A Single Post is Insufficient

Mothers are tricky human beings. You grow up with them, and you think you know everything about them, rarely paying heed when they tell you that the opposite is true: they know you better than you know yourself. Yeah, right, you think, rolling your eyes in futile resistance. After all, you know just what to say to get yourself out of trouble when she’s on a roll; you know just when and how to push the sweet-little-me button when your latest fad looks like it might not be a big hit with the rest of the family. So you think you know it all, and there she is; Allah has given you your very own fairy godmother.

Then, as you start to grow up, you begin noticing things about her. You wonder how you missed that she has a love for cotton candy that would put your need for it to shame. You wonder how it escaped you that sometimes, correcting every mispronounced word she ever utters gets her down. You wonder how it can possibly be that she will make sure that you have the most comfortable shoes for Eid, no matter the cost, even it means that she will not have time (or money!) to hunt down something suitable for herself. All these little things start adding up, and suddenly you realize she is not your fairy godmother, but there is a reason that Rasulullah صل الله عليه و سلم said, “Paradise lies under the feet of your mother.”

People who are intellectually and academically inclined often look at little old ladies (well, not really that old…) who sit around discussing food and clothing in a somewhat demeaning way. They say things like, “How can it be that all they discuss is recipes? Don’t they realize there is a whole world of topics they could be talking about? Like the impoverished people of the villages of  Appalachia? And the war-torn region of Abkazia? But no, all they know is food! How boring and empty their heads are! What a waste of their lives!” Well, Miss and Mrs. Academia, you don’t know my mother! She definitely could out-talk you about food (and Appalachia and Abkazia, as well)…and by the time she is done with the topic of food, you’ll be wondering if she has a degree in Food Chemistry. Because, she is one of those women who knows why copper pots are good for some foods, and aluminum pots are better for other foods….while Miss Academia thinks copper pots exist because they look good hanging on a rack above her head in the middle of the kitchen. Let’s just say that, for my mother, copper pots are the farthest thing from status symbols! She can also look at a recipe and predict how badly or how well it will turn out by examining the ratios of the ingredients. In addition to that, when you give her a recipe that is new to you, she can tell you why the baking soda is on the ingredients list, and what will happen if you recklessly omit it. So, the next time you think that food is a topic for intellectually-challenged women, I beg you to keep your ignorance to yourself. As they say, “Better to have everyone think you’re a fool, than to open your mouth and remove all doubt!”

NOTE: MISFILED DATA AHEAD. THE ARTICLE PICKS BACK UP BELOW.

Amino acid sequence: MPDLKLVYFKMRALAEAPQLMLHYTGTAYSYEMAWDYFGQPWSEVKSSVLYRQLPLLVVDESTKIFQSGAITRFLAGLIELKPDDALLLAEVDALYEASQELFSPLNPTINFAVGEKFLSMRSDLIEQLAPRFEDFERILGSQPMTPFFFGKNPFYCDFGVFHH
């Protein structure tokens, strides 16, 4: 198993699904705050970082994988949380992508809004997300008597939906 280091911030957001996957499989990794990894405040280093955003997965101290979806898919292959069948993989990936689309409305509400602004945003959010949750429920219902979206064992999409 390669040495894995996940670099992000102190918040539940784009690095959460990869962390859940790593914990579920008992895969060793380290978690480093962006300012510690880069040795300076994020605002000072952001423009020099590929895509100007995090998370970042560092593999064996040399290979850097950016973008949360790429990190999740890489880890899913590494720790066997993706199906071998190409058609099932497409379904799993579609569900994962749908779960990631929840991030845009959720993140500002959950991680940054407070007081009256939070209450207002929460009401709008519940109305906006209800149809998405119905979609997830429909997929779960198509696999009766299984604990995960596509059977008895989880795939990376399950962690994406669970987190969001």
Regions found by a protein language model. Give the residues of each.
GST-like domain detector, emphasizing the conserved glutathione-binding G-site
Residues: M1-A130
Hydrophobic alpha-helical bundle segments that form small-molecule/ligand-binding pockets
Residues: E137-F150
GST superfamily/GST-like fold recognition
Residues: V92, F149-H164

On first glance (and maybe second and third, too), my mother gives the impression of being simple-minded. I think it has something to do with the innocent and unassuming look of utter gullibility that she naturally has. Every time we go somewhere, whether it’s shopping, a craft class, or a party, people talk to her in the loud and slow tone that is commonly used for people who might not know English, and who look like they might be from another century. My mother, who normally has quite the temper when she has been wronged, will respond back to them in a way that is polite, calm and cultured–21st century cultured, of course. No Olde English for her, fear not! They will usually be so shocked that she speaks, and in English too!, that they’ll momentarily lose their ability to comprehend English. I always get a little irritated with these people, but my mother will say, “Don’t show these people their stupidity. Let them realize it for themselves. They’re not your family…you don’t have to spell everything out for them!” And then she’ll find a Hadith or Qur’aan aya on the importance of patience and politeness to calm me down properly.